The universal message bus.
- Distributed: data is stored by and updates are broadcasted to everyone
- Smart Contracts: codified agreements. Once the predetermined conditions of the contract are met, the transaction and attached computation are completed and recorded on the blockchain.
- Immutable: A completed transaction can never be changed or hidden. This gives us provenance of assets (you can determine any asset’s entire history as long as all transactions happen on-chain)
- Decentralized: communal consensus rather than one party’s decisions determines access/update to the chain
On a technical level, blockchain is just a distributed linked list.
Each block contains the hash of the previous block header and the Merkle root representing the hash of all the transactions in that block.
Transactions happen as follows:
- A transaction is initiated
- Data is packaged into a bolck
- Block is sent to members of the chain
- Consensus and approval by rest of network (either proof of work or proof of stake)
- Block is added to chain
- Chain update is distributed to members
# Why it Matters
It feels like the level of change which blockchain impacts is huge but at the same time latent.
After going through a bunch of Kernel modules, Austin came upon a name for the concept: “blockchain changes what soil is”
“The “new world” seems to look very similar to the old. i.e. isn’t a DAO just voting on how to donate money, which we could do today?”
In actuality, the layer at which change is happening is much deeper (more infrastructure level than solution/product level)
Also just leans heavily in the direction of digital permanence
“Back in early history, the databases were singular, existing in an atomic state with one DB per enterprise. The network existed in some relational sense between enterprises, but because DB’s were so fragile they never spoke directly to the network because then they broke. Even if you did connect DBs somewhat directly, the DB encodes the worldview of the organization and different organizations have different worldviews, so the DBs can’t speak to each other clearly.”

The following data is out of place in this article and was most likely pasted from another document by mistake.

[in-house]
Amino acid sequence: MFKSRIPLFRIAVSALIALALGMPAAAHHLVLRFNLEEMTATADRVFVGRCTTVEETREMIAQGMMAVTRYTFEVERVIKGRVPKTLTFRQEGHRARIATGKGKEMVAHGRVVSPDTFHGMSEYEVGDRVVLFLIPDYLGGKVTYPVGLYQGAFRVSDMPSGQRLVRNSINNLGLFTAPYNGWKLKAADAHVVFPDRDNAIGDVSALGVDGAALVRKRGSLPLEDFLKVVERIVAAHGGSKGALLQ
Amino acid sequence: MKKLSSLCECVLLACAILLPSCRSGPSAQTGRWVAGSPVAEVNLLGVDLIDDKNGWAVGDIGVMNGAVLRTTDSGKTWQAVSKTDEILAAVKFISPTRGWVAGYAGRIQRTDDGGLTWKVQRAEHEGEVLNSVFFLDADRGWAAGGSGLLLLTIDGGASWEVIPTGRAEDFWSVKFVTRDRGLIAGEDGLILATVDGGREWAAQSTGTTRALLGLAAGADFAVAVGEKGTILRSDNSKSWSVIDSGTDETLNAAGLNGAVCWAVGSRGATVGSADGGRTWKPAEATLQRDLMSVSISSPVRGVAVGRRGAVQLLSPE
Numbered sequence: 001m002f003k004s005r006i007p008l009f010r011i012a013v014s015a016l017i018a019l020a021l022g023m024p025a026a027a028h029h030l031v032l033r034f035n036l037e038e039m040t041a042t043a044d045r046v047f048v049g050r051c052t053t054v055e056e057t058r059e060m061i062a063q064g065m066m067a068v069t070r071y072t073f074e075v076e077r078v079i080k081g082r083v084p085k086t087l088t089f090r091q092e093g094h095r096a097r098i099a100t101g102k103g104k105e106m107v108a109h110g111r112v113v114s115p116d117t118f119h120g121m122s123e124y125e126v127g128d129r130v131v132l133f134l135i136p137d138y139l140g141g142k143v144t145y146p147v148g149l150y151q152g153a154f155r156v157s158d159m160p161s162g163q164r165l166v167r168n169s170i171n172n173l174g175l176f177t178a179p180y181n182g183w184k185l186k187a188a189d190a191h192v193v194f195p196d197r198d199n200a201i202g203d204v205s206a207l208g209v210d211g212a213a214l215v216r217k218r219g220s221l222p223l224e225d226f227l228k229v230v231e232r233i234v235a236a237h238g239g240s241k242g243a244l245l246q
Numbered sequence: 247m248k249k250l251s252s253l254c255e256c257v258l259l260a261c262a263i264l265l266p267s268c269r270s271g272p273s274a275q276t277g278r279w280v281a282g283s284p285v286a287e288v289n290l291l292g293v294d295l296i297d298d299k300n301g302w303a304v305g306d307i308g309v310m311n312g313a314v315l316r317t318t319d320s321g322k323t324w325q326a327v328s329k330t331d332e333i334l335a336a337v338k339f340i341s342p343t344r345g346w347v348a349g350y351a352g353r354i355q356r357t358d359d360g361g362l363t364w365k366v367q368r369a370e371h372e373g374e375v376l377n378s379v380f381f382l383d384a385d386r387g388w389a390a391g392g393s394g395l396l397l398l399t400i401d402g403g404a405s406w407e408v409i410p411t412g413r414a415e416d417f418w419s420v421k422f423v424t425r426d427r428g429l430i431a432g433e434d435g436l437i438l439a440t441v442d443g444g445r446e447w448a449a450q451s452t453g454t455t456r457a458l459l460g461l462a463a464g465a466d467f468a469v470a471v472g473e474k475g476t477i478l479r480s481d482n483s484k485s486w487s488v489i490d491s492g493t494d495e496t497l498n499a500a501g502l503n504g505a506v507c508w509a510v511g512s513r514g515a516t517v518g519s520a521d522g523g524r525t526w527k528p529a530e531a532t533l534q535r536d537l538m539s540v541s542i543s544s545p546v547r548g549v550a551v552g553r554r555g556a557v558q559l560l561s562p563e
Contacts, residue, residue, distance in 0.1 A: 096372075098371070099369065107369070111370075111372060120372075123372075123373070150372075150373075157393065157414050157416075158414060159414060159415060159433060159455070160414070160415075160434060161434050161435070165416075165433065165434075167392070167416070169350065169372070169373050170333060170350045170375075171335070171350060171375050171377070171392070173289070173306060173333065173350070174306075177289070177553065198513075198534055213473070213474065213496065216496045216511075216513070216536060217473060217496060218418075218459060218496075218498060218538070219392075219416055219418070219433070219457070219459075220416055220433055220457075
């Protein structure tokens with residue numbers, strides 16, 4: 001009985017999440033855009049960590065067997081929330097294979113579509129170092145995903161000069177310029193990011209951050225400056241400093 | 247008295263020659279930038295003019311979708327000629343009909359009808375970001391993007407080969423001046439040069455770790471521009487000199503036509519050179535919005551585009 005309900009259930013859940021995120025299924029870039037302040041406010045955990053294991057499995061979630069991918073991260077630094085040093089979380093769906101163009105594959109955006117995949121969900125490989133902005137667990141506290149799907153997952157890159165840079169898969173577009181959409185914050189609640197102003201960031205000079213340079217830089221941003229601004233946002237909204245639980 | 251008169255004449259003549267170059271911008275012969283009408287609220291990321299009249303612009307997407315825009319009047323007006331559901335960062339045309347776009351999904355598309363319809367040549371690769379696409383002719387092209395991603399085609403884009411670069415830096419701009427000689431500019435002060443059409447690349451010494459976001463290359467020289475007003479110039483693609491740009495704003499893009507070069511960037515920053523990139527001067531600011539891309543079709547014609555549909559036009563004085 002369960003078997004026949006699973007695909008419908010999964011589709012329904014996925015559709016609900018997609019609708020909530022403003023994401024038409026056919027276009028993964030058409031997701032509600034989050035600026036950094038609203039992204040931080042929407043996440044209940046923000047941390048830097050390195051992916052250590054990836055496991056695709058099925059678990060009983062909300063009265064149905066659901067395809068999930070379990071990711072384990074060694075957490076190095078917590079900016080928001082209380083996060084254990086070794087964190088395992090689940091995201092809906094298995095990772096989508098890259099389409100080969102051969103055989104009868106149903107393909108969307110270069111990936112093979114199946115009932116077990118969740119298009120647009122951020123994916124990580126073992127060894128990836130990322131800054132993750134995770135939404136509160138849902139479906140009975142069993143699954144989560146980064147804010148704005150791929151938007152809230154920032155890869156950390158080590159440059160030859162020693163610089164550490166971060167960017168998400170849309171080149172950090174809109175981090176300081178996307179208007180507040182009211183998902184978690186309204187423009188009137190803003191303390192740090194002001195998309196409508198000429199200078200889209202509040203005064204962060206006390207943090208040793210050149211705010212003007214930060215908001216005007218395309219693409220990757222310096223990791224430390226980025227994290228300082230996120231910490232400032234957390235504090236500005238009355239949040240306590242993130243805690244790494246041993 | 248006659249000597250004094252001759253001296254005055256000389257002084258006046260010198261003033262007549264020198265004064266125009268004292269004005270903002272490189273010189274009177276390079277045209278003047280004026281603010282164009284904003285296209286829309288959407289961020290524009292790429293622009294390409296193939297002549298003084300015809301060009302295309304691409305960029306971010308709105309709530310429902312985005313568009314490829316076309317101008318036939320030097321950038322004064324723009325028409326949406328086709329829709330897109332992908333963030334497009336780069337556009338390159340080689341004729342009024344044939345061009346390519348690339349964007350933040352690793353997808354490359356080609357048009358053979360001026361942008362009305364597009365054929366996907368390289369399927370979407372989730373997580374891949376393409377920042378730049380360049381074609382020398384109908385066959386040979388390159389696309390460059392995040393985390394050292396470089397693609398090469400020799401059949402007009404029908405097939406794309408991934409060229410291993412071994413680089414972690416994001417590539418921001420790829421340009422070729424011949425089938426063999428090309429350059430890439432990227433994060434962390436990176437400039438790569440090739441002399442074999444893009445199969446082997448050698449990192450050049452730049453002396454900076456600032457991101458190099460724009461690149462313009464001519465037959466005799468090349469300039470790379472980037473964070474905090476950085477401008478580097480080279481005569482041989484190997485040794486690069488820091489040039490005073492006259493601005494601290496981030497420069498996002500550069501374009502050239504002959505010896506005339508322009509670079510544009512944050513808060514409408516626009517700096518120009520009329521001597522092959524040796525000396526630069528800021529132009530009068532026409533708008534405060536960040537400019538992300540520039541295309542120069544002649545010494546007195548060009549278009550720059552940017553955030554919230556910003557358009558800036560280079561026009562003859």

There were no large-scale computer-to-computer connections that allowed us to create a shared world view between lots of different organizations.
This is the promise of blockchains – to create a global ‘distributed database’
The goal is to build a single, shared story of reality, spread across all the machines simultaneously. And when it changes in one place, it changes everywhere.
The part about no more ‘storing stuff’ and ‘sending stuff’ I always find interesting because ‘storing’ stuff still happens to be on the public ledger. The only difference now is that there is a distinction between sending metadata (which you tell someone to just refer to a piece of data on chain) and sending information (transferring ownership).
Waiting for the day web3 projects get large enough to amortize and offset the gas fees that consumers pay now (much like centralized orgs nowadays front hosting costs for ‘free’ tier or the average consumer).
# Act II – Smart Contracts
“First we merged the network and the database in a blockchain. Then, we take computer software and put it into the shared database. That means everyone that is connected has a copy of exactly the same program: same data, same code, same result”
# Act III — IOT
The ‘scaled blockchain’
Ideally we get to a point where we have a ‘global computing service’ (very Asiimov’s Last Question-esque) through which we can embed IOT devices. This would turn all the sensors and bits of computing power into a global unified knowledge resources that manages the infrastructure of our society
I’m curious how this relates to truth, specifically how different people have different views on ‘reality’ and ’truth’. How do we reconcile that at a global scale?